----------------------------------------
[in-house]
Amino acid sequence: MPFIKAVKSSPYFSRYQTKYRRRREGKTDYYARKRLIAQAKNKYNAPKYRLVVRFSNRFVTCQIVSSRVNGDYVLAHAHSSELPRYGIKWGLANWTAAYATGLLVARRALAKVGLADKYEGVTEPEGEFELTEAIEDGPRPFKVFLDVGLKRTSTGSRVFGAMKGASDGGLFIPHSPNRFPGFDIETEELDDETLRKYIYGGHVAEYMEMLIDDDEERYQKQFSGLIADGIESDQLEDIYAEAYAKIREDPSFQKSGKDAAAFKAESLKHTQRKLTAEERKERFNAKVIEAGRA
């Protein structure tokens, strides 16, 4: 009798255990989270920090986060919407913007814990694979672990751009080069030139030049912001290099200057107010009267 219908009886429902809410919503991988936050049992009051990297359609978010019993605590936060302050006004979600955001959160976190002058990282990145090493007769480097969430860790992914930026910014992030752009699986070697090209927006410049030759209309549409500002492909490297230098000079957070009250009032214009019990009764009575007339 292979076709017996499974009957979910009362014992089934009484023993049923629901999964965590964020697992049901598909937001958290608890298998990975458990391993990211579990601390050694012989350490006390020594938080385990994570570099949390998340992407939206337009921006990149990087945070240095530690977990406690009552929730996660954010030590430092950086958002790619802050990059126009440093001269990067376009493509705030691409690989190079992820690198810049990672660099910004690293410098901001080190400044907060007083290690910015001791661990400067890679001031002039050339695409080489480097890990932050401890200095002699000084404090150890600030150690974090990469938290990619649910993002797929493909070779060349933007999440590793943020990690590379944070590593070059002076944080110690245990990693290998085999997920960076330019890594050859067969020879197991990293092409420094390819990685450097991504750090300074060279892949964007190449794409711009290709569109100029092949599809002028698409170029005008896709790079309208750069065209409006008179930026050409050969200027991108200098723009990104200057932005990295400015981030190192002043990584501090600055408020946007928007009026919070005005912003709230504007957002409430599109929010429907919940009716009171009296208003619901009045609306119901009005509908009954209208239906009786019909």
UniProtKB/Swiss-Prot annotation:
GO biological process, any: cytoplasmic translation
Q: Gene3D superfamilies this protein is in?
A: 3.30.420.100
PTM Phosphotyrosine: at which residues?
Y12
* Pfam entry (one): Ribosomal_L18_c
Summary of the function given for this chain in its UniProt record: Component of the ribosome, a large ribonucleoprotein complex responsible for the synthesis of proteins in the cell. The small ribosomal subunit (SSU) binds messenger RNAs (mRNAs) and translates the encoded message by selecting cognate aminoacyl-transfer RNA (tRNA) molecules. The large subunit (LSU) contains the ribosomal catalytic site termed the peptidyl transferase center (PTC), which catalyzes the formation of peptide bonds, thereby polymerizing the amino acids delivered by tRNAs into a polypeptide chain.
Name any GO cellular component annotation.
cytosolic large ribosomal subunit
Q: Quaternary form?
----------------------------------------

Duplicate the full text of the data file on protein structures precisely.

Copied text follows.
[in-house]
Amino acid sequence: MPFIKAVKSSPYFSRYQTKYRRRREGKTDYYARKRLIAQAKNKYNAPKYRLVVRFSNRFVTCQIVSSRVNGDYVLAHAHSSELPRYGIKWGLANWTAAYATGLLVARRALAKVGLADKYEGVTEPEGEFELTEAIEDGPRPFKVFLDVGLKRTSTGSRVFGAMKGASDGGLFIPHSPNRFPGFDIETEELDDETLRKYIYGGHVAEYMEMLIDDDEERYQKQFSGLIADGIESDQLEDIYAEAYAKIREDPSFQKSGKDAAAFKAESLKHTQRKLTAEERKERFNAKVIEAGRA
């Protein structure tokens, strides 16, 4: 009798255990989270920090986060919407913007814990694979672990751009080069030139030049912001290099200057107010009267 219908009886429902809410919503991988936050049992009051990297359609978010019993605590936060302050006004979600955001959160976190002058990282990145090493007769480097969430860790992914930026910014992030752009699986070697090209927006410049030759209309549409500002492909490297230098000079957070009250009032214009019990009764009575007339 292979076709017996499974009957979910009362014992089934009484023993049923629901999964965590964020697992049901598909937001958290608890298998990975458990391993990211579990601390050694012989350490006390020594938080385990994570570099949390998340992407939206337009921006990149990087945070240095530690977990406690009552929730996660954010030590430092950086958002790619802050990059126009440093001269990067376009493509705030691409690989190079992820690198810049990672660099910004690293410098901001080190400044907060007083290690910015001791661990400067890679001031002039050339695409080489480097890990932050401890200095002699000084404090150890600030150690974090990469938290990619649910993002797929493909070779060349933007999440590793943020990690590379944070590593070059002076944080110690245990990693290998085999997920960076330019890594050859067969020879197991990293092409420094390819990685450097991504750090300074060279892949964007190449794409711009290709569109100029092949599809002028698409170029005008896709790079309208750069065209409006008179930026050409050969200027991108200098723009990104200057932005990295400015981030190192002043990584501090600055408020946007928007009026919070005005912003709230504007957002409430599109929010429907919940009716009171009296208003619901009045609306119901009005509908009954209208239906009786019909």
UniProtKB/Swiss-Prot annotation:
GO biological process, any: cytoplasmic translation
Q: Gene3D superfamilies this protein is in?
A: 3.30.420.100
PTM Phosphotyrosine: at which residues?
Y12
* Pfam entry (one): Ribosomal_L18_c
Summary of the function given for this chain in its UniProt record: Component of the ribosome, a large ribonucleoprotein complex responsible for the synthesis of proteins in the cell. The small ribosomal subunit (SSU) binds messenger RNAs (mRNAs) and translates the encoded message by selecting cognate aminoacyl-transfer RNA (tRNA) molecules. The large subunit (LSU) contains the ribosomal catalytic site termed the peptidyl transferase center (PTC), which catalyzes the formation of peptide bonds, thereby polymerizing the amino acids delivered by tRNAs into a polypeptide chain.
Name any GO cellular component annotation.
cytosolic large ribosomal subunit
Q: Quaternary form?